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575 manual watch, Europe

Discussion in '456/550/575' started by Themaven, Aug 1, 2015.

  1. Teejay

    Teejay Rookie

    Sep 12, 2017
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    Tim Jenner
    Taz,
    It's not the one (the Mov-It owner's car) you refer to - I still have that and don't intend to sell.This one at DK Eng is almost identical to mine; I looked at it 5 years ago in Germany at Eberlein but decided against because it looked untidy. Glad I did because the Mov-It owner's car is pretty much perfect.The DK Eng car may well have been sorted since then, but it's been on offer for 5 - 6 months now.
     
  2. 21ATS

    21ATS Formula Junior

    Dec 10, 2016
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    Alan
    All the listed UK manual 575's have now been on the market for a while. The appetite for them at these prices seems to have diminished.

    I see it like this.

    These are low volume cars, only 69 RHD manuals so there is certainly a collectability about them. Due to a number of reasons outside of the Ferrari world, i.e. Brexit, the economy in general, uncertainty blah blah blah the bottom seems to have fallen out of the classic car market as far as investors and speculators are concerned. That's except for clean well priced cars - these will always sell. The following 550 is a good example. Priced at £89K it sold within a week of being advertised. https://www.pistonheads.com/classifieds/used-cars/ferrari/550/sold-another-keenly-required-ferrari-550-maranello-35-000-miles/9729200

    Serious collectors don't seem to want 40K mile cars. They want something in the teens or preferably sub 10K miles. The days of a 100% premium on a manual over an F1 car of similar spec are now history, at least for this cycle. No doubt it will happen again.

    Example:-

    A clean 575M F1 - 22k miles - FHP at a respected specialist is available at £75K and it's been advertised for a few months now.

    https://www.pistonheads.com/classifieds/used-cars/ferrari/575/ferrari-575m-f1-uk-rhd--fiorano-handling-package/9547353

    A 575M Manual - 46K miles - Non FHP also with a well respected specialist at £150K, also been on the market for some months.

    https://www.pistonheads.com/classifieds/used-cars/ferrari/575/575m-manual/9308380


    Realistically I see the F1 car at high £60's to £70K and the manual car closer to the £100k - £110K region.

    So the manual owners probably won't sell as they are still thinking the huge figures these cars were commanding pre Brexit vote still applies to some degree.

    The Ferrari Centre did sell a manual 575 for £200K right before the Brexit vote. A year later they sold a similar spec manual for £120K.

    It is what it is and it's unlikely to change until this country figures out if we're in or out or are we still going to continue to do the hokey cokey with the EU.
     
  3. Themaven

    Themaven F1 Rookie
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    There were some even higher prices, some documented on this thread, including the 1000km non FHP silver/red 02 manual offered at 215k SFR at Elite Zuswil in March 2015 and sold into the UK and reoffered (plus VAT and margin) - does anyone know where that is now?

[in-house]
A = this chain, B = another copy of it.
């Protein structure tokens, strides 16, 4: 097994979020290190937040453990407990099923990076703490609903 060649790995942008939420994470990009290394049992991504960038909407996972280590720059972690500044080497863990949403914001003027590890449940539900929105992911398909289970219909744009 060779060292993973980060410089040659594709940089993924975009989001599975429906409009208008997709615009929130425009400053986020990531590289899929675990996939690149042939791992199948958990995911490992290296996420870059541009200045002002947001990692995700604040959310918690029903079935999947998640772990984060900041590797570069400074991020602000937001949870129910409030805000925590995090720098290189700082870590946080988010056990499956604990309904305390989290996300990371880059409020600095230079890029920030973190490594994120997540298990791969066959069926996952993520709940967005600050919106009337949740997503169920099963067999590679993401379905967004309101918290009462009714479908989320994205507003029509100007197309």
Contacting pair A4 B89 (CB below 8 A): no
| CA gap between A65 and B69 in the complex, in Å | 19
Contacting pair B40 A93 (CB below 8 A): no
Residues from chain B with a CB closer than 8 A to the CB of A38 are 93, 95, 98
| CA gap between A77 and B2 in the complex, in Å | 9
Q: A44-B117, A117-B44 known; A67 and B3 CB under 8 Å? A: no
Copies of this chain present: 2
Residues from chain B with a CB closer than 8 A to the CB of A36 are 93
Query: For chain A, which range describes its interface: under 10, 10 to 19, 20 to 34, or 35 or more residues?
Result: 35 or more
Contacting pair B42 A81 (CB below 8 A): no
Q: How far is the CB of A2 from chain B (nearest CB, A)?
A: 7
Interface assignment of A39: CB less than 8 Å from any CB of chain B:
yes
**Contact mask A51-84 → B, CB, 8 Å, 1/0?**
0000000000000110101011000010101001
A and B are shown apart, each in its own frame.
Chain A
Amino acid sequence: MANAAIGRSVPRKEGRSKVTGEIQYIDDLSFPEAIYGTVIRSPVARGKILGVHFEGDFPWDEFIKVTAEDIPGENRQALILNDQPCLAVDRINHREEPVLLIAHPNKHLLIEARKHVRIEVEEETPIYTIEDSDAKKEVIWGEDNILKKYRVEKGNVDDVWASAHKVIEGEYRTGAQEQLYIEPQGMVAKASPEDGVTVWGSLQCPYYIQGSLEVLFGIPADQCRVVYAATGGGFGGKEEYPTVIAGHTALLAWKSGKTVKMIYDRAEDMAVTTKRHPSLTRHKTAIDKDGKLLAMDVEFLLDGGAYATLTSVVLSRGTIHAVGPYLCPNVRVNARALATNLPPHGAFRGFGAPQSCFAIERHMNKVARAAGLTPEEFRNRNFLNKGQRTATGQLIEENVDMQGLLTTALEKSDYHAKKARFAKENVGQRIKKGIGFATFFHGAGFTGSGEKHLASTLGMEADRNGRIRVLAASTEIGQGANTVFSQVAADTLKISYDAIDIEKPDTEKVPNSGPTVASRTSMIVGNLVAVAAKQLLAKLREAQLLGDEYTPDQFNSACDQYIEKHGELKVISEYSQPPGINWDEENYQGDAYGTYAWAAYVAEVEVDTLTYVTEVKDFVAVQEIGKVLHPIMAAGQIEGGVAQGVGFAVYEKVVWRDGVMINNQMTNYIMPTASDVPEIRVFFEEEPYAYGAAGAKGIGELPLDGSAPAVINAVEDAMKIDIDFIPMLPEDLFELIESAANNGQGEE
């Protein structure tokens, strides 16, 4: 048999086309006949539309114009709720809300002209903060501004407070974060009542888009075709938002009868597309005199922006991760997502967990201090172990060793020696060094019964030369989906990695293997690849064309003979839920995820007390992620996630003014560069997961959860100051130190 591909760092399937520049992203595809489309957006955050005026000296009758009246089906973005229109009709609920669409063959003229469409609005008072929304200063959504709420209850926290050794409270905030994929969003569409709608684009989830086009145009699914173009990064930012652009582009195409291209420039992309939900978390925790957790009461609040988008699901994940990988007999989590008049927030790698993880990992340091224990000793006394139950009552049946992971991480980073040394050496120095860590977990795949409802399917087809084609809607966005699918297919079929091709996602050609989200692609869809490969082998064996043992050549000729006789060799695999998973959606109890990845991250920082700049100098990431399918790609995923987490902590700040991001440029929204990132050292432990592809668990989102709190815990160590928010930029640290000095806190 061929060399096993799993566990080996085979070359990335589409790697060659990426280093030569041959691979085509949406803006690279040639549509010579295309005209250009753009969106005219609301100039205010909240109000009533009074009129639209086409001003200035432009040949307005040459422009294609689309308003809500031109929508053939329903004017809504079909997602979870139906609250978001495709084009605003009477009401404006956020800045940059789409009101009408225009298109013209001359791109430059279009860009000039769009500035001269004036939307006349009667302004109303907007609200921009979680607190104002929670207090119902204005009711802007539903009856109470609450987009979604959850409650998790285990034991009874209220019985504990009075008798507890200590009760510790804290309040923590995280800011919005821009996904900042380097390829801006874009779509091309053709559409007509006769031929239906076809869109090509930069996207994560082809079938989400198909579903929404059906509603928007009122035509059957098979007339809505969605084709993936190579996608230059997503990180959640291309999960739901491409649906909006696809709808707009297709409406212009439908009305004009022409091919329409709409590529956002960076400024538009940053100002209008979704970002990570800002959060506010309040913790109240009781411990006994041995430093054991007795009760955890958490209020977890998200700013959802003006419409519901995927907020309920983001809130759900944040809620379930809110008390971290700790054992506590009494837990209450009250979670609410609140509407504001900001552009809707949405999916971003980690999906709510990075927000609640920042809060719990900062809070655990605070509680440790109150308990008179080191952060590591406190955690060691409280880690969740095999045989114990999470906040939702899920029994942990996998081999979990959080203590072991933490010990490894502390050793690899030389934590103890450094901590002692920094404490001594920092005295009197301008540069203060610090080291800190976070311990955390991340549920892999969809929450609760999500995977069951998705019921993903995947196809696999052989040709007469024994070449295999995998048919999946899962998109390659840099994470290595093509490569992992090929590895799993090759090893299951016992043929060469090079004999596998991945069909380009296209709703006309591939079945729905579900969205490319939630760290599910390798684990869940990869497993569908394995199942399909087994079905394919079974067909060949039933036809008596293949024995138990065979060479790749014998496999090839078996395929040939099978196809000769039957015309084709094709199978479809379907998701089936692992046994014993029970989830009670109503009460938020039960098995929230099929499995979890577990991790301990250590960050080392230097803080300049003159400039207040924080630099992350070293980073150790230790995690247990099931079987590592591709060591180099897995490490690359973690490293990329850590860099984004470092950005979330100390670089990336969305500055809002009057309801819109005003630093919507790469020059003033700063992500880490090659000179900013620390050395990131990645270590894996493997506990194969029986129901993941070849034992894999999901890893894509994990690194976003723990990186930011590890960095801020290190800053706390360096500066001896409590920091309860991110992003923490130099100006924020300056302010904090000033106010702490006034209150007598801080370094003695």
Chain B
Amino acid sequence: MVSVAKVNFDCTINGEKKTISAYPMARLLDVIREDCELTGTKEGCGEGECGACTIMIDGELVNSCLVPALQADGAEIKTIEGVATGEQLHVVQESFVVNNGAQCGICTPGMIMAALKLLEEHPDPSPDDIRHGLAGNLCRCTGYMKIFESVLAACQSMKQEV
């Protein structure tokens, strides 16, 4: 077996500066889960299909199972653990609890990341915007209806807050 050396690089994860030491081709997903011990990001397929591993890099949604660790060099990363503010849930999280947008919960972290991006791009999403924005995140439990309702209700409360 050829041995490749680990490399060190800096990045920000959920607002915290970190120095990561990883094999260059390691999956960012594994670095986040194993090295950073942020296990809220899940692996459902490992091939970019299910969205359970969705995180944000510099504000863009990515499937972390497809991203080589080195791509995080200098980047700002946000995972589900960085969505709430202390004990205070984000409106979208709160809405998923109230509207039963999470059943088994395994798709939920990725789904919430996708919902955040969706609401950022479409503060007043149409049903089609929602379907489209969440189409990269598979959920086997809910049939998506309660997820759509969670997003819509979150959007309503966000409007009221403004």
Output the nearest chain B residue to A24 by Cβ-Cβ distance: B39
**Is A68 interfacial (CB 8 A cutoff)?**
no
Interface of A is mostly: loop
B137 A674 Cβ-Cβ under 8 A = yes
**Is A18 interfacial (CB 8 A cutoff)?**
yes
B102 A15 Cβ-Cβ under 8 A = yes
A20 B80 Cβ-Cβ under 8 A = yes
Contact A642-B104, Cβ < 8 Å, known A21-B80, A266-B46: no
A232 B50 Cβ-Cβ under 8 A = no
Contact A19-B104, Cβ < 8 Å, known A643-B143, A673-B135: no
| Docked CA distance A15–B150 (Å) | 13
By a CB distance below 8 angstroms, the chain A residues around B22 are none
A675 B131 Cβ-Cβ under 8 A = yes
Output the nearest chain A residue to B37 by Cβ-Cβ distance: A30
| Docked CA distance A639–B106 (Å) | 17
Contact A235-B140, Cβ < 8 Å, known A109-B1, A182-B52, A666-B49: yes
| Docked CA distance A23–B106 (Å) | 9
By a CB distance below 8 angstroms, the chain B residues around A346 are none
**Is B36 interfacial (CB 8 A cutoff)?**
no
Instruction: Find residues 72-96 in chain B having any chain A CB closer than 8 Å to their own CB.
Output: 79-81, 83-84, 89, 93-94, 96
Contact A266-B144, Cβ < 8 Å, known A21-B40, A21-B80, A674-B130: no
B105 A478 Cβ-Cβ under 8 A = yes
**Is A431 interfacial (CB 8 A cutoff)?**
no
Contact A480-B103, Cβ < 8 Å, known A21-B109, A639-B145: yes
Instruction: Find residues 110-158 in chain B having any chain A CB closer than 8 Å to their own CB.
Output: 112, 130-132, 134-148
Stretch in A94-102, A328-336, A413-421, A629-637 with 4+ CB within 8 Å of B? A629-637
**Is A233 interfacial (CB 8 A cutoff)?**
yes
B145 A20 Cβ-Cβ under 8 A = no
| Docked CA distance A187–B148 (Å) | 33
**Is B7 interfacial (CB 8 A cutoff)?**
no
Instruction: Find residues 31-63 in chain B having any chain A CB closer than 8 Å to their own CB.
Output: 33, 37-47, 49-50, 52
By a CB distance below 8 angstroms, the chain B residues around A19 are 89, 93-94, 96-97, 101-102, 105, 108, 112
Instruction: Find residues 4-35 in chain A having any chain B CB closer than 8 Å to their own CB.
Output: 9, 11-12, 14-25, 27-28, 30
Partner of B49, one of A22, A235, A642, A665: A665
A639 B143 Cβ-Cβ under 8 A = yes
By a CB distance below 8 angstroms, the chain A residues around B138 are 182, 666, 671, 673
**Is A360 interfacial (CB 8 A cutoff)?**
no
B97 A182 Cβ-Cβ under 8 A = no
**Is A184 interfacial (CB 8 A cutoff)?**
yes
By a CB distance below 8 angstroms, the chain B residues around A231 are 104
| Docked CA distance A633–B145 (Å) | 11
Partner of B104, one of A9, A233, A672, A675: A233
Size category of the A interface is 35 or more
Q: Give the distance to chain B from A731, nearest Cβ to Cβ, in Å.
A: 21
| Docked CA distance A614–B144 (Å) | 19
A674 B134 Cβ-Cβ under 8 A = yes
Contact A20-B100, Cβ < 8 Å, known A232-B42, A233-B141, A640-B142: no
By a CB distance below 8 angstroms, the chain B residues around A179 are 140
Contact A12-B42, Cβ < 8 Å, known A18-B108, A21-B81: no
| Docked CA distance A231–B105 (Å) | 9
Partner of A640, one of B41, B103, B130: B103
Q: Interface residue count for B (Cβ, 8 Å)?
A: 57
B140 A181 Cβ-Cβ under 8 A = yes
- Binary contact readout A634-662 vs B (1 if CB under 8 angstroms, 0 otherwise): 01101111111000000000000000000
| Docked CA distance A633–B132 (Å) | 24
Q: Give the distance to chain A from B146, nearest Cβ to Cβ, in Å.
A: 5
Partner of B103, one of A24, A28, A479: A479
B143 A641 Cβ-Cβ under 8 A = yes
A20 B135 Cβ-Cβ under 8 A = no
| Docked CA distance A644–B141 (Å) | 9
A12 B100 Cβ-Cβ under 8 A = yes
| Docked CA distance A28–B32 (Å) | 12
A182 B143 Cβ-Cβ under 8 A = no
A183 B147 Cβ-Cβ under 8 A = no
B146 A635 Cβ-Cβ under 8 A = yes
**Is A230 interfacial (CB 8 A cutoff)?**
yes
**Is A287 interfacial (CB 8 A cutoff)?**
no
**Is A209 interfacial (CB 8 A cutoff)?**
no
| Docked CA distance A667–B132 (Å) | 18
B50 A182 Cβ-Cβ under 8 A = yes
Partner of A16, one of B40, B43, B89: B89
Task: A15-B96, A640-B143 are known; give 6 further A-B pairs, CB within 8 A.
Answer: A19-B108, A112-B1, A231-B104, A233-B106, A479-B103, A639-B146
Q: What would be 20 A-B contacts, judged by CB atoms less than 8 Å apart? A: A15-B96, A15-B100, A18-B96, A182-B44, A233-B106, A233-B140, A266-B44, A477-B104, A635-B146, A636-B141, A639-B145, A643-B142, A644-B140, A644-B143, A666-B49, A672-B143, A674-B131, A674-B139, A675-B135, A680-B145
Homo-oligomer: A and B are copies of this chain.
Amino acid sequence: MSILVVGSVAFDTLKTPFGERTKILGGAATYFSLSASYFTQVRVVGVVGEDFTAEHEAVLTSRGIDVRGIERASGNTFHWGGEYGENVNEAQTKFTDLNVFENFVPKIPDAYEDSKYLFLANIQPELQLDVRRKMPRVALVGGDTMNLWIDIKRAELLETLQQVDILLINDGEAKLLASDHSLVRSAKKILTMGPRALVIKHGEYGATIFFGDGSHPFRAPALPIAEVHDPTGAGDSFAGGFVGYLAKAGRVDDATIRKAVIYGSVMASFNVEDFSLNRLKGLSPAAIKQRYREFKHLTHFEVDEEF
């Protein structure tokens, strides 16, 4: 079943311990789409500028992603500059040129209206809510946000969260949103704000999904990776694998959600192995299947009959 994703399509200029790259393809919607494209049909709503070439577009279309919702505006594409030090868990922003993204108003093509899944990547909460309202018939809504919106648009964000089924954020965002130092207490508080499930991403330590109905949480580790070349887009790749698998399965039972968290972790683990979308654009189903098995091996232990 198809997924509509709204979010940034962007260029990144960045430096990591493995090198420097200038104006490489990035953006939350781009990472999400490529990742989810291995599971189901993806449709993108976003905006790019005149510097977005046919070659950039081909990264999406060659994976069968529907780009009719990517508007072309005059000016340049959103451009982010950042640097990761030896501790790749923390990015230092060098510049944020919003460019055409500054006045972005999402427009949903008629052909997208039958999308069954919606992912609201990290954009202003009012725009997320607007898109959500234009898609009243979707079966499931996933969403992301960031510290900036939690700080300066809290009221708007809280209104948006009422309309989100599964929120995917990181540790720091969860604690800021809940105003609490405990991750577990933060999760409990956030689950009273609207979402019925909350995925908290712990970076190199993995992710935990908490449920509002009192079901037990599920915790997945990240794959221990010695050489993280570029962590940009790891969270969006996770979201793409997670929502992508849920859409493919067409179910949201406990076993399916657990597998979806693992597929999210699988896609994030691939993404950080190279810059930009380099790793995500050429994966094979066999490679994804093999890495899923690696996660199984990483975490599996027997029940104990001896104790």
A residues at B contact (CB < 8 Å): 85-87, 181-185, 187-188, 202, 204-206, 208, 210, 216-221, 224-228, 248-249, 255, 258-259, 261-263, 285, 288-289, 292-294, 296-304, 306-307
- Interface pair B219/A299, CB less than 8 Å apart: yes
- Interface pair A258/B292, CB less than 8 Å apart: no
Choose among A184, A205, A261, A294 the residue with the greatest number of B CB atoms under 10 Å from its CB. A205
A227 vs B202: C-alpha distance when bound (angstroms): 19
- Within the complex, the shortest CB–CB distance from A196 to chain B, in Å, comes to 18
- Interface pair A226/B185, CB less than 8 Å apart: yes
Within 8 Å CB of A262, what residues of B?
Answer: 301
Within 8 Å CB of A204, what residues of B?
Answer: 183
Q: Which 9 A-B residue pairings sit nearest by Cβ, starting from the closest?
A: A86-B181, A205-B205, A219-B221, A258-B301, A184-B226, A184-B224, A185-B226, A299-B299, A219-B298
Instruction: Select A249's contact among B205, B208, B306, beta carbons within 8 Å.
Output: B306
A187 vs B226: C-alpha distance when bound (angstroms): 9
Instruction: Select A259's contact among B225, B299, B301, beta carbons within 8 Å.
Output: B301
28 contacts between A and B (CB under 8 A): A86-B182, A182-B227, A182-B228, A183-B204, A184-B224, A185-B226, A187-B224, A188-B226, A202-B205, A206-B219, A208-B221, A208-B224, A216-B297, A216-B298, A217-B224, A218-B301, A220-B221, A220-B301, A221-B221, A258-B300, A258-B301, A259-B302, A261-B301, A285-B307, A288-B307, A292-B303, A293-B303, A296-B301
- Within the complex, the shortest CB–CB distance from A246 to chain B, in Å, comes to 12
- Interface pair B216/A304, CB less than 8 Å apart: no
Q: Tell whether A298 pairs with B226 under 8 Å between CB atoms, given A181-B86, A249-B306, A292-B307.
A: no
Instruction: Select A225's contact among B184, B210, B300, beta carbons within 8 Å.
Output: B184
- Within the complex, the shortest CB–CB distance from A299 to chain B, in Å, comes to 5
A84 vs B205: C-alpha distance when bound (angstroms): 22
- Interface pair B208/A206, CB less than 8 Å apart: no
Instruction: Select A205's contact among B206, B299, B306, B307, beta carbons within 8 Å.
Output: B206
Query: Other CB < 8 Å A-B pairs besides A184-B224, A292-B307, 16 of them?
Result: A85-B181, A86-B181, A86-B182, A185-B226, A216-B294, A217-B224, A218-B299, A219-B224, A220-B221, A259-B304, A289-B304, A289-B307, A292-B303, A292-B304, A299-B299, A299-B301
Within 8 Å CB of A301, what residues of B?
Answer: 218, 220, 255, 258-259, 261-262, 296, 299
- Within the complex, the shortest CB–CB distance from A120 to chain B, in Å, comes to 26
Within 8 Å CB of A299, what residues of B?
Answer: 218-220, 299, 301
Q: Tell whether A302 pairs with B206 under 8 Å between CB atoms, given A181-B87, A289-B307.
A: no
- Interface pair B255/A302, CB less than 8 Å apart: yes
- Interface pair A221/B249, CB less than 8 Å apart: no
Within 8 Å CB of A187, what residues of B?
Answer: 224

Alan, I don't think Brexit explains it. Prices are down in countries which have nothing to do with Brexit. Though it doesn't help, for sure, in the UK.
     
  4. tazandjan

    tazandjan Two Time F1 World Champ
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    Jul 19, 2008
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    Tim- My mistake, should have looked at the e-mails I had from back then and checked serial numbers. Yours is absolutely beautiful.

    LVP- The brakes on the 550 and 575M were the same except for one rear caliper piston size. Rotors and pads are interchangeable. ABS and ASR were much upgraded in the 575M, helped by the digital throttle. The main feature of HCTC was the CCM brakes and that drove other HGTC components like the different front underbody panel with brake hose fittings, upper front A arms with brake hose fittings, etc.
     
  5. 21ATS

    21ATS Formula Junior

    Dec 10, 2016
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    I agree Darius, I think Brexit is currently hiding a larger global problem that in reality is still a hangover from the credit crunch a decade ago.

    My business is now starting to be effected, we import in US$ and a third of our turnover is with one UK PLC who have just under 700 stores in the UK. They substantially reduced our forward orders for the rest of this year last week. They've made a decision to reduce stock levels until the current economic uncertainties are clearer if not solved.

    Fortunately we're solid enough to survive their complete loss and still be fine, at the loss of money of toys of course. It's not pretty out there currently. The golden boy of hedge funds, Neil Woodford's plight highlights the larger problem.
     
  6. Themaven

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    Sorry to hear that. It really is not great out there. And that cascades down to boys and their toys.
     
  7. Themaven

    Themaven F1 Rookie
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    One thing all of these gated 575s have in common is that I wouldn't look at them if I were in the market. They're far from being the nicest ones. So while you can't sell them, it's also hard to buy them.
     
  8. BarryK

    BarryK Formula Junior

    Dec 17, 2016